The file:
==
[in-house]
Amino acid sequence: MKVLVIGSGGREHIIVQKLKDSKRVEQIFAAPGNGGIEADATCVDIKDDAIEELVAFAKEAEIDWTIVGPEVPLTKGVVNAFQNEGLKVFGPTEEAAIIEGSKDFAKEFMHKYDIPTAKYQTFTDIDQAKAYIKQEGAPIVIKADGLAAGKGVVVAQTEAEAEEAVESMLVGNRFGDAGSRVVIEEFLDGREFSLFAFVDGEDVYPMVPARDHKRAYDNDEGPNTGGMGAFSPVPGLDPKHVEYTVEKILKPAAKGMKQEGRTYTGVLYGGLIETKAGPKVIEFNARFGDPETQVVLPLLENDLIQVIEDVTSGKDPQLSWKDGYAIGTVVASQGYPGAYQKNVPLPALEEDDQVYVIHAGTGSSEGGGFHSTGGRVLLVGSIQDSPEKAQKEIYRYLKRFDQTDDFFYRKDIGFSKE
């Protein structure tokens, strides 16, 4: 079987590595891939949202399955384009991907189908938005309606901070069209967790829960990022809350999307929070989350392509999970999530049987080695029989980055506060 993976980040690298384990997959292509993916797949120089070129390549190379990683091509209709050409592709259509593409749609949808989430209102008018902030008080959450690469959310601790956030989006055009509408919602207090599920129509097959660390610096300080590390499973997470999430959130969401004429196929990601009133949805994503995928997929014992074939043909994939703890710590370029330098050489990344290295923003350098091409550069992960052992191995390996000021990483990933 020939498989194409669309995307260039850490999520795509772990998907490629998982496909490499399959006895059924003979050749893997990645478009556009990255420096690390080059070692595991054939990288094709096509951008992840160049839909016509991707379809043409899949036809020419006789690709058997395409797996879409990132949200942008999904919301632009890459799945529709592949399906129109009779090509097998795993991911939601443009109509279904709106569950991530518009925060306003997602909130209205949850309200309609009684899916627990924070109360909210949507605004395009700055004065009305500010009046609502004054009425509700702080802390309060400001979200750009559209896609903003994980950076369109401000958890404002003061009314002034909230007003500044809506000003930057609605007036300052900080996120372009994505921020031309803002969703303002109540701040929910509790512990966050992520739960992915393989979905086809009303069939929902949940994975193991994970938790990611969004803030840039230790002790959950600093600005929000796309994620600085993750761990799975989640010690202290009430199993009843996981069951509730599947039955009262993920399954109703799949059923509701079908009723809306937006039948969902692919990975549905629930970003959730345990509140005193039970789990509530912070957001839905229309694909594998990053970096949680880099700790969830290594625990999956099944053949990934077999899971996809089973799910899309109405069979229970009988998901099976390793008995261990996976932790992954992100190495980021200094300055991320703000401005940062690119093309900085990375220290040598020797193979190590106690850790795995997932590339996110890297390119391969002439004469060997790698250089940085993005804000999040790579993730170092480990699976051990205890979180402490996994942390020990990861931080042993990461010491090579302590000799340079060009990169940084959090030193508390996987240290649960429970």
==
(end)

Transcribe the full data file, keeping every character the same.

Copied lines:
[in-house]
Amino acid sequence: MKVLVIGSGGREHIIVQKLKDSKRVEQIFAAPGNGGIEADATCVDIKDDAIEELVAFAKEAEIDWTIVGPEVPLTKGVVNAFQNEGLKVFGPTEEAAIIEGSKDFAKEFMHKYDIPTAKYQTFTDIDQAKAYIKQEGAPIVIKADGLAAGKGVVVAQTEAEAEEAVESMLVGNRFGDAGSRVVIEEFLDGREFSLFAFVDGEDVYPMVPARDHKRAYDNDEGPNTGGMGAFSPVPGLDPKHVEYTVEKILKPAAKGMKQEGRTYTGVLYGGLIETKAGPKVIEFNARFGDPETQVVLPLLENDLIQVIEDVTSGKDPQLSWKDGYAIGTVVASQGYPGAYQKNVPLPALEEDDQVYVIHAGTGSSEGGGFHSTGGRVLLVGSIQDSPEKAQKEIYRYLKRFDQTDDFFYRKDIGFSKE
């Protein structure tokens, strides 16, 4: 079987590595891939949202399955384009991907189908938005309606901070069209967790829960990022809350999307929070989350392509999970999530049987080695029989980055506060 993976980040690298384990997959292509993916797949120089070129390549190379990683091509209709050409592709259509593409749609949808989430209102008018902030008080959450690469959310601790956030989006055009509408919602207090599920129509097959660390610096300080590390499973997470999430959130969401004429196929990601009133949805994503995928997929014992074939043909994939703890710590370029330098050489990344290295923003350098091409550069992960052992191995390996000021990483990933 020939498989194409669309995307260039850490999520795509772990998907490629998982496909490499399959006895059924003979050749893997990645478009556009990255420096690390080059070692595991054939990288094709096509951008992840160049839909016509991707379809043409899949036809020419006789690709058997395409797996879409990132949200942008999904919301632009890459799945529709592949399906129109009779090509097998795993991911939601443009109509279904709106569950991530518009925060306003997602909130209205949850309200309609009684899916627990924070109360909210949507605004395009700055004065009305500010009046609502004054009425509700702080802390309060400001979200750009559209896609903003994980950076369109401000958890404002003061009314002034909230007003500044809506000003930057609605007036300052900080996120372009994505921020031309803002969703303002109540701040929910509790512990966050992520739960992915393989979905086809009303069939929902949940994975193991994970938790990611969004803030840039230790002790959950600093600005929000796309994620600085993750761990799975989640010690202290009430199993009843996981069951509730599947039955009262993920399954109703799949059923509701079908009723809306937006039948969902692919990975549905629930970003959730345990509140005193039970789990509530912070957001839905229309694909594998990053970096949680880099700790969830290594625990999956099944053949990934077999899971996809089973799910899309109405069979229970009988998901099976390793008995261990996976932790992954992100190495980021200094300055991320703000401005940062690119093309900085990375220290040598020797193979190590106690850790795995997932590339996110890297390119391969002439004469060997790698250089940085993005804000999040790579993730170092480990699976051990205890979180402490996994942390020990990861931080042993990461010491090579302590000799340079060009990169940084959090030193508390996987240290649960429970």